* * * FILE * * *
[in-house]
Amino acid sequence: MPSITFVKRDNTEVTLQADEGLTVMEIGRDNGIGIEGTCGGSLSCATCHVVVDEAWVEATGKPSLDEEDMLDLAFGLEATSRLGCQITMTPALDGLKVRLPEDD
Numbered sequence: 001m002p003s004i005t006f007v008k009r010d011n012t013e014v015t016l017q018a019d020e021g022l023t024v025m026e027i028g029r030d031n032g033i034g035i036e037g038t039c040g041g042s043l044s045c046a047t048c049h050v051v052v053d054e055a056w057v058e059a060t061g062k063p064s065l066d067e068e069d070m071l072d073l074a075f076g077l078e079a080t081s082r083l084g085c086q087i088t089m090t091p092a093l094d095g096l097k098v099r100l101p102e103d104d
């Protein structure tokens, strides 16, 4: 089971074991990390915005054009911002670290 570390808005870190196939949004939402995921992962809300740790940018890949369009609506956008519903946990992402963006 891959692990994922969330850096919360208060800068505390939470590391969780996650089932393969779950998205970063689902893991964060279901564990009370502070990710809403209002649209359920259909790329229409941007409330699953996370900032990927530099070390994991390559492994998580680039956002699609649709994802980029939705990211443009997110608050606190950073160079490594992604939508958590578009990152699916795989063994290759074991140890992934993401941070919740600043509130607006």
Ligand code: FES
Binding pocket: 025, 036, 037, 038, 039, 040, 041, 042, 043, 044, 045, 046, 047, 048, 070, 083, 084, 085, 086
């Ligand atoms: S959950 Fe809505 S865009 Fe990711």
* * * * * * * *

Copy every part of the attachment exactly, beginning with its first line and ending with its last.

[in-house]
Amino acid sequence: MPSITFVKRDNTEVTLQADEGLTVMEIGRDNGIGIEGTCGGSLSCATCHVVVDEAWVEATGKPSLDEEDMLDLAFGLEATSRLGCQITMTPALDGLKVRLPEDD
Numbered sequence: 001m002p003s004i005t006f007v008k009r010d011n012t013e014v015t016l017q018a019d020e021g022l023t024v025m026e027i028g029r030d031n032g033i034g035i036e037g038t039c040g041g042s043l044s045c046a047t048c049h050v051v052v053d054e055a056w057v058e059a060t061g062k063p064s065l066d067e068e069d070m071l072d073l074a075f076g077l078e079a080t081s082r083l084g085c086q087i088t089m090t091p092a093l094d095g096l097k098v099r100l101p102e103d104d
């Protein structure tokens, strides 16, 4: 089971074991990390915005054009911002670290 570390808005870190196939949004939402995921992962809300740790940018890949369009609506956008519903946990992402963006 891959692990994922969330850096919360208060800068505390939470590391969780996650089932393969779950998205970063689902893991964060279901564990009370502070990710809403209002649209359920259909790329229409941007409330699953996370900032990927530099070390994991390559492994998580680039956002699609649709994802980029939705990211443009997110608050606190950073160079490594992604939508958590578009990152699916795989063994290759074991140890992934993401941070919740600043509130607006």
Ligand code: FES
Binding pocket: 025, 036, 037, 038, 039, 040, 041, 042, 043, 044, 045, 046, 047, 048, 070, 083, 084, 085, 086
């Ligand atoms: S959950 Fe809505 S865009 Fe990711």